my Geek::Story;

06/12/2013

Debian on the MacBookPro11,1

Filed under: — guedou @ 16:27

A lot of contradictory information are available online concerning Linux and Apple computers. It is indeed quite simple to install Linux on the (late 2013) Mac Book Pro, and there is no need for rEFIt or rEFInd.

This step by step installation guide aims to have both Mac OS X and Debian installed on two separated encrypted partitions. Operating systems will be selected at boot time by pressing alt/option.

1. Resize the Mac OS X partition

In OS X, open “Disk Utility” and resize the “Macintosh HD” partition. A 64GB partition is a good compromise and will leave enough space to use Linux as the primary operating system.

Removing OS X seems to be a bad idea as it will be needed for future firmware updates. To stay on the safe side, do not remove the Recovery partition, as it is really useful if anything goes wrong, and as it is required to activate File Vault.

2. Prepare the USB key

From OS X, download a devel netinst ISO and copy it to an USB key, using the following command.
$ sudo dd if=Downloads/netinst.iso of=/dev/rdisk2

If everything is OK, the USB key should contain two partitions. The second one being an UEFI boot partition (that you can mount as a FAT32 volume).

3. Boot and check if UEFI is activated

Reboot, and press the alt/option key. When the menu appears, choose the USB key. The Debian installer will start, with a really tiny font.

You can check that it boots in UEFI mode by typing:
# dmesg | grep -i efi

If you get a lot of information related to EFI memory mapping, you are good to go.

4. Manual partitioning & installation

The automatic install should work fine, however a manual partitioning is required to get an encrypted Linux partition. Three partitions should be visible:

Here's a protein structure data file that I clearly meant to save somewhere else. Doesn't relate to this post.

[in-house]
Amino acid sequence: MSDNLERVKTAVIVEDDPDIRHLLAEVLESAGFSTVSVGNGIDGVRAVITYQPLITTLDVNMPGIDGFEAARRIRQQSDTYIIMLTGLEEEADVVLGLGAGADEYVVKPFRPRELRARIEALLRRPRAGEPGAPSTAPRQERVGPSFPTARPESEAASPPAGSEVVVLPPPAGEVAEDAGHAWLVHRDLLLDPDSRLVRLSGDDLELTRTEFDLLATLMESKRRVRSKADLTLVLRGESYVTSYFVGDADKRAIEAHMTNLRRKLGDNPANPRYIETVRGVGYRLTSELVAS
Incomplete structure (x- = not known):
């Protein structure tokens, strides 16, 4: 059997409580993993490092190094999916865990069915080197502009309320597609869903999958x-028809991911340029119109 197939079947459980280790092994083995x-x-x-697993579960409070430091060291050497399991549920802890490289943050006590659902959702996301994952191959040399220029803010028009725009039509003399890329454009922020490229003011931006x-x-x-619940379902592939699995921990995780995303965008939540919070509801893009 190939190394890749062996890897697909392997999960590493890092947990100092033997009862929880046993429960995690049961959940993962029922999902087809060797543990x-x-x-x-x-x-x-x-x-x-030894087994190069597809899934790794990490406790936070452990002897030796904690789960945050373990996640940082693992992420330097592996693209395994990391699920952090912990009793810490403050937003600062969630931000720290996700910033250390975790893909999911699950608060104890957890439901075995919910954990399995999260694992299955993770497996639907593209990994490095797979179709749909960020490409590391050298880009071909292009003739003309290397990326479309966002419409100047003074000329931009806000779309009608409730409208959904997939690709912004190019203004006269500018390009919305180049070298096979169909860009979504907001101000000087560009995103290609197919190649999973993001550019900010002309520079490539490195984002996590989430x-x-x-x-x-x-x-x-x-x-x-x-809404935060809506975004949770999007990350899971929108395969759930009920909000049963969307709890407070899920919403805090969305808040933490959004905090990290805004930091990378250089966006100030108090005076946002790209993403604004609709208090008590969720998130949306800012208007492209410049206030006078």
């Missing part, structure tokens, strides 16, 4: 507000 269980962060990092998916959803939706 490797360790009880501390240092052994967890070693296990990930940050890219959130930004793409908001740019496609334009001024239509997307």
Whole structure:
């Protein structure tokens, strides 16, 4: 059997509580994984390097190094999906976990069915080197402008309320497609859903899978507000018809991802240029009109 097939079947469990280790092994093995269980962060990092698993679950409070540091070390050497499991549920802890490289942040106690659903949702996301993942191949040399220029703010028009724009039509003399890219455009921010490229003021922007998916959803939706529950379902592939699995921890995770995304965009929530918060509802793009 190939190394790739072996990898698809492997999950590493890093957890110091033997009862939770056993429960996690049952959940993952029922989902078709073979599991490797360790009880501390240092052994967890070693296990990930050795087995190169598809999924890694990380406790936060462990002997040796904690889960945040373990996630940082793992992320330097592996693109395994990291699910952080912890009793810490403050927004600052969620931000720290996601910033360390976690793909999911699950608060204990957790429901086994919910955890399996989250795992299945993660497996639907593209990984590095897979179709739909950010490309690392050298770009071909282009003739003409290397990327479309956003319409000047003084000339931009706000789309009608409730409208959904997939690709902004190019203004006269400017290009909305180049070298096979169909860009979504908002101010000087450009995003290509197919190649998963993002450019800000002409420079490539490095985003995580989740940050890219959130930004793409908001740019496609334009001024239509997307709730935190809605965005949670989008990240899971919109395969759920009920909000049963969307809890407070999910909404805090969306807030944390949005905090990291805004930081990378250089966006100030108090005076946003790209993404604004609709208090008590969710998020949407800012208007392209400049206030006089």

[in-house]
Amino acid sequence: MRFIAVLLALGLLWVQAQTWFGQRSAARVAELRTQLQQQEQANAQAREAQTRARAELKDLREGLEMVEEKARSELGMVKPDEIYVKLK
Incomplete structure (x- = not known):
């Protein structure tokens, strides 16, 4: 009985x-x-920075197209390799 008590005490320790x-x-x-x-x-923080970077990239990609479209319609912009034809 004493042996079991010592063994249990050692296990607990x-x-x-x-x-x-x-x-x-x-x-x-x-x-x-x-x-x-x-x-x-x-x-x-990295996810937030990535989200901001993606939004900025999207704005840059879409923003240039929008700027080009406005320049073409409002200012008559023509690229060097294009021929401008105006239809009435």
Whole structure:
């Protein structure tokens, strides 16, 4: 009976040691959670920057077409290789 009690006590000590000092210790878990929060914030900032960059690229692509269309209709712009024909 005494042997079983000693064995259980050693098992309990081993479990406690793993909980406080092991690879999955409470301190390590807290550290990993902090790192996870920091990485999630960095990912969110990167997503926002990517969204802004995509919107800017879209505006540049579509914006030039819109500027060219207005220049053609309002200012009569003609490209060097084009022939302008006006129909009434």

1. the OS X EFI partition should be visible as an “EFI boot partition”, later on grub will be installed into that partition;
  2. the Macintosh HD;
  3. the Recovery HD.

First you need to create a partition that will be used as /boot; 128MB is enough to store the kernels. Then you need to create an “encrypted volume” (it takes a while are the disk is being blanked).

Once created, the encrypted volume must be used as a LVM volume. Inside the volume group, at least two logical volume/partitions are required: swap and /root.

The last part of the Debian installation runs perfectly find. A the end, the EFI partition is mounted into /boot/efi and grub installed.

5. Make the system bootable

Debian is installed, however it cannot be booted, as grub must be renamed to a filename that the Mac Book Pro will recognized. This can be done on OS X as follows:
$ mkdir /boot/efi
$ sudo mount -t vfat /dev/disk0s1 /Volumes/EFI
$ sudo su –
# cd /Volumes/EFI
# mv debian BOOT
# mv BOOT/grubx64.efi BOOT/bootx64.efi

6. Enjoy

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